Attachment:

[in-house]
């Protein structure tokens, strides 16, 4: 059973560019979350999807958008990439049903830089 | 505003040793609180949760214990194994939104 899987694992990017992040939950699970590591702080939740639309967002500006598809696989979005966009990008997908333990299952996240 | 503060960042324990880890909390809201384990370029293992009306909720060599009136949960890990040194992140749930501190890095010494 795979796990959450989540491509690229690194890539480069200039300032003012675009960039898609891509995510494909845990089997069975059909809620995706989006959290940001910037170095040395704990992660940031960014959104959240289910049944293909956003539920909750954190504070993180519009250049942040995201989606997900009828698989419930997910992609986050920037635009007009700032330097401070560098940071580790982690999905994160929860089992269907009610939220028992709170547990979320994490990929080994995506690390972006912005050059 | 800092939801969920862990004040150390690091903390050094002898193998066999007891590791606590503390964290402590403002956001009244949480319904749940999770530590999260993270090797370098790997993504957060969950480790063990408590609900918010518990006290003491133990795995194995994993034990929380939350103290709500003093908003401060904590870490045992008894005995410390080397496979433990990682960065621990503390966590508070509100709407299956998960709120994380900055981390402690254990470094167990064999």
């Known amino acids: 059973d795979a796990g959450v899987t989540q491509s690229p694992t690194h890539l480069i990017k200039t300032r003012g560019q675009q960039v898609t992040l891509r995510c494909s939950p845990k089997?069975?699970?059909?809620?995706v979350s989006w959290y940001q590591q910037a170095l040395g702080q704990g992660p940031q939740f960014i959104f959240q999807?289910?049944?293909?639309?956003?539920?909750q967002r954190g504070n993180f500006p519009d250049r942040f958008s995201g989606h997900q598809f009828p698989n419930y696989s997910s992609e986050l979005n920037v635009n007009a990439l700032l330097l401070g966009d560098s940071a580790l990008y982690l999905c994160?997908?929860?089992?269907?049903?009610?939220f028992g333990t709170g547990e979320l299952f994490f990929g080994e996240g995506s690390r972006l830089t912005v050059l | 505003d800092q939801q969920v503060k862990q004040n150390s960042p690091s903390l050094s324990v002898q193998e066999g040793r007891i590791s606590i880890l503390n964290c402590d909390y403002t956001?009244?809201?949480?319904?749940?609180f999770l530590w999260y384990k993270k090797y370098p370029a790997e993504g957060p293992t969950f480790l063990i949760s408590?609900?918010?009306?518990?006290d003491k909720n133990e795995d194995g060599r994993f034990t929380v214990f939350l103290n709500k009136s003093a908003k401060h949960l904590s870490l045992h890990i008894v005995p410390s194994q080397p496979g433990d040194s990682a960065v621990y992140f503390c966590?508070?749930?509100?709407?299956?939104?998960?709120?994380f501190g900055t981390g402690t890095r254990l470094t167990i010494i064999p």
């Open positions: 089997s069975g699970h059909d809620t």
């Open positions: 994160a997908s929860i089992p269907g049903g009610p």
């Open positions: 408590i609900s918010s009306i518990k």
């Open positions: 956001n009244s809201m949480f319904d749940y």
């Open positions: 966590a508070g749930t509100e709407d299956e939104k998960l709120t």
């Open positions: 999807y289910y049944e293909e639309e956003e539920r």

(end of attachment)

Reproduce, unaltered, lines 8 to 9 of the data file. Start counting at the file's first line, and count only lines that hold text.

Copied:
């Open positions: 966590a508070g749930t509100e709407d299956e939104k998960l709120t």
């Open positions: 999807y289910y049944e293909e639309e956003e539920r």